Miserere - Canon S90 ReviewThe ON/OFF and ‘lens ring function’ buttons take up the place where you’d expect a hotshoe to be. Many are complaining for the lack of a hotshoe, and I do think Canon could have squeezed one in if they had really wanted to, albeit with an increase in camera size. Some would have given up the flash to get a hotshoe, thus leaving the camera the same size. I imagine Canon decided early on that it was going to make the smallest camera possible, and if you really want a hotshoe, you can buy the G11. I admit that I was initially a bit annoyed by the lack of a hotshoe, but I’ve since come to appreciate the onboard flash, and after playing with it in dark rooms, I think Canon did the right thing. To be honest, was I really going to carry around an external flash with me? The whole point of this camera is that it be small and portable. I’ll talk a bit more about the flash in the upcoming instalments, but for now I’ll leave you with this photo to the right, made possible thanks to the onboard flash. I manually set a long exposure and had the flash fire in front curtain sync; to realise how dark it was in this pub, note how only the candle and dim overhead bulb create a light trail due to camera movement. Shot in RAW and converted with Canon’s DPP automatic settings.


Customising the Settings

Here’s what I’ve settled on most of the time. When shooting Manual, the lens ring controls ISO and the rear wheel shutter speed. When I press the UP arrow on the touchpad, the rear wheel then changes to control the aperture. This works for me because I tend to leave aperture and shutter speed set, and just vary ISO to get the appropriate exposure. As you might guess, this is the mode I use for low light shooting. Canon failed big time with the ISO in Manual mode, as it’s the only mode where you cannot set it to AUTO; maybe they’ll fix that with a firmware upgrade, and they really should, as it would make Manual shooting so much more flexible.

In Av, I still have the lens ring controlling ISO, then the rear wheel controls aperture. Both for Manual and Av I’ve set the customisable button to Lock-AE.

Pressing the DISP button takes you to a menu allowing you to set ISO, WB, metering mode and many other secondary shooting options. The camera doesn’t remember which item you used last after turning the camera off and defaults to ISO, which is a shame, as this could make for another quick-access button. I am currently trying it out as an ISO control, leaving the lens ring to control something else. This is fine in good/decent light, but in low light I find I need immediate and frequent access to ISO settings.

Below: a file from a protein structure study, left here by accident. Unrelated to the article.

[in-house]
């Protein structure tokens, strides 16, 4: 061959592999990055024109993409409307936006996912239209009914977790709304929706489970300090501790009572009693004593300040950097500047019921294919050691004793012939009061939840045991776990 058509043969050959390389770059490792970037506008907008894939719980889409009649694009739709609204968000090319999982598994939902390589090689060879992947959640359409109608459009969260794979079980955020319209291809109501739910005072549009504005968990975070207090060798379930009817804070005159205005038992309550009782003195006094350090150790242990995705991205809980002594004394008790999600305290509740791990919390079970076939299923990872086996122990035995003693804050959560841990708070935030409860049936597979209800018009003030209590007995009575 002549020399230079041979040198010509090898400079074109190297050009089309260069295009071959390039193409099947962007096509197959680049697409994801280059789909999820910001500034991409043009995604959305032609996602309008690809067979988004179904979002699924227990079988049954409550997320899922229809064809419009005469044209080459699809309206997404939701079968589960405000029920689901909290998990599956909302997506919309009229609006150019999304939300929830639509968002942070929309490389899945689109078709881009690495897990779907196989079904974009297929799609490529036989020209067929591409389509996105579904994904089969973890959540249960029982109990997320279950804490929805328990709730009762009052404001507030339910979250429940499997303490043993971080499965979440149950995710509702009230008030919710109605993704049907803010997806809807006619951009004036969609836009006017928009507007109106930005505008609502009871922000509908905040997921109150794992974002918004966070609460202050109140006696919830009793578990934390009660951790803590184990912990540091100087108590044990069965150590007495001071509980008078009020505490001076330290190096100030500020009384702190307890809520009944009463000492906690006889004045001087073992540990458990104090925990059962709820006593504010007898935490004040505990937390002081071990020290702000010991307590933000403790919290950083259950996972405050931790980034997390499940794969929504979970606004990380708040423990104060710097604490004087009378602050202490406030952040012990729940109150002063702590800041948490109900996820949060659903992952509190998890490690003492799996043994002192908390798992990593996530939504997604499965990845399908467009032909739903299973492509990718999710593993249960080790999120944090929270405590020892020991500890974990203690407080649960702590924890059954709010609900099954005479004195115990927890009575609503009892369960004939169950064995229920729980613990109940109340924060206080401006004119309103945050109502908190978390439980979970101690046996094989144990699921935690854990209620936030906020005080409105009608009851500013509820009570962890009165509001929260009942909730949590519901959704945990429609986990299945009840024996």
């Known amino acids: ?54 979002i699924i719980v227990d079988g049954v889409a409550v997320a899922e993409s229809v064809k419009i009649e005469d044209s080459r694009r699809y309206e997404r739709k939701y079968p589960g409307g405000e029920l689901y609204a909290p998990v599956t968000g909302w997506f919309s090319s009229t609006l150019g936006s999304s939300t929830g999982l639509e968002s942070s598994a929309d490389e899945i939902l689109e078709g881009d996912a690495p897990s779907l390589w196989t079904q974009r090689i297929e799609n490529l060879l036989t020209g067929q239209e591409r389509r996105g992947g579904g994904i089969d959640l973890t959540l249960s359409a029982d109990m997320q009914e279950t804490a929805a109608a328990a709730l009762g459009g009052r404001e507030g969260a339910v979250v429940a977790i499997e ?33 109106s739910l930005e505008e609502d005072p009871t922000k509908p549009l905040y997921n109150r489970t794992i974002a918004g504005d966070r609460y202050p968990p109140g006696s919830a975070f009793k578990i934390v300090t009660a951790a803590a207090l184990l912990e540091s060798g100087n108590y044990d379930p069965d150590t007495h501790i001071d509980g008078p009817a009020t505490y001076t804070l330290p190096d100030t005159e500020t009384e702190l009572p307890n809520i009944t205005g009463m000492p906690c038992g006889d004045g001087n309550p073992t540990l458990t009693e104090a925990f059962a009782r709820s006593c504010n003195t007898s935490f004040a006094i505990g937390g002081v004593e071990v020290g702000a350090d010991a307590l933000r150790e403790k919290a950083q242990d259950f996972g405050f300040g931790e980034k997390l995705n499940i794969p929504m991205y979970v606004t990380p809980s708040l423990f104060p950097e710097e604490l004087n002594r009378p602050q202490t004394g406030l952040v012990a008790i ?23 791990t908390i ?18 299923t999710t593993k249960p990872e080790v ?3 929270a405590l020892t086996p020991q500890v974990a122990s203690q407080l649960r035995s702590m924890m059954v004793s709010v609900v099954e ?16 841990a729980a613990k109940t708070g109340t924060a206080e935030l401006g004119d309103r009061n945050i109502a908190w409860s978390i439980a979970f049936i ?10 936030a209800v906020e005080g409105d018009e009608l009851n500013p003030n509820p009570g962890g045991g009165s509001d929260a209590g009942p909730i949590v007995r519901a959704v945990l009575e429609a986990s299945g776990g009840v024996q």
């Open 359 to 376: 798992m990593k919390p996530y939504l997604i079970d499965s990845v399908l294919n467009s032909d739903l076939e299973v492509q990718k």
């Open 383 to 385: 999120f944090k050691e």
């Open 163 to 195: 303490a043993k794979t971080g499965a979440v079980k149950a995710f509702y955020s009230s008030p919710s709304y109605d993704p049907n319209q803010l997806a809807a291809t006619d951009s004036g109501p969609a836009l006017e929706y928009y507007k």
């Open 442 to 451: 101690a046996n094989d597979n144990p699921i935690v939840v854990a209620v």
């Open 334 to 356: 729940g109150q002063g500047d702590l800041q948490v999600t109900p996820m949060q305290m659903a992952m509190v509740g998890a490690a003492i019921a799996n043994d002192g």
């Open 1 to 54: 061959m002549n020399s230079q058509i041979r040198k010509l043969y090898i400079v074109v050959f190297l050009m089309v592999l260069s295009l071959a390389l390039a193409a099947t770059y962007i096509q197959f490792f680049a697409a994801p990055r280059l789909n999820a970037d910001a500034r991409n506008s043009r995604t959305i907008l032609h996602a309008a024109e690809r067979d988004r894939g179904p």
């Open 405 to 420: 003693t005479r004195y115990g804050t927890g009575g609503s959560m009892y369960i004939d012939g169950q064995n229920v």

One thing I liked a lot was the delay timer. You can set the delay from 1s to 15s in 1s increments, or 15s, 20s, 25s or 30s. Then you choose how many shots you want taken, from 1 to 10. You can also set a mode where the camera will only take a shot when it detects a face in the frame. Again, you can choose 1-10 shots to be taken.

The bottom line is this: Canon have made this camera heavily customisable, which should allow you to set it up just the way you like it, or extremely close.


Shooting Experience

Miserere - Canon S90 ReviewTechnicalities over, let’s not forget this is a camera, and I bought it to take pictures with. How does it perform? So far, so good. The #1 benefit is that it is always with me, either in my jean or jacket pocket, and I can have it out and ready to take a picture in under 2 seconds. Case in point is this photo taken on the Boston T (subway). I was in my seat, looking out of the single open door, when the girl stepped into view talking with someone on the phone trying to decide whether to get on the train or not. I whipped the camera out of my pocket, set it to P mode, auto focused, and took the shot, all before the door closed. I’m not so sure I could have taken this photo had I only had my DSLR in its bag with me. Note that this photo is a straight JPEG out of camera (resized for web) shot wide open at the lens’s widest angle without geometrical distortions being corrected (check the EXIF for other info).

Miserere - Canon S90 ReviewThe #2 benefit is that it looks like a P&S (well, it is a P&S), so people don’t take it seriously and are not intimidated by it—this helps when shooting in public. As an example, here is a photo I took on a bus; I discretely metered off her leg with the camera in M mode, then set the camera in my lap and took 3 blind shots to increase my chances of a correct framing. Nobody paid any attention to me, and I got the shot. I’ve been in similar situations with my DSLR before, and people have turned their heads to look at me, inadvertently alerting my subject—sometimes they were the subjects and the whole scene was ruined by them noticing me and my huge camera.

A few words about the lens control ring. In principle, it’s a great idea, especially if you come from the era when aperture was controlled on the lens, but it’s difficult to implement on a tiny P&S. On a DSLR your left hand is underneath the camera, supporting it, and your fingers can easily turn a right around the lens, but that’s not how you hold a P&S. Furthermore, the ring turns in steps, very secure, tight steps, which means the camera must be held firmly with the right hand to provide counter torque. I have yet to get used to doing this in a natural manner. That said, having an extra, customisable selector is a welcome addition, and Canon should be congratulated for coming up with this feature.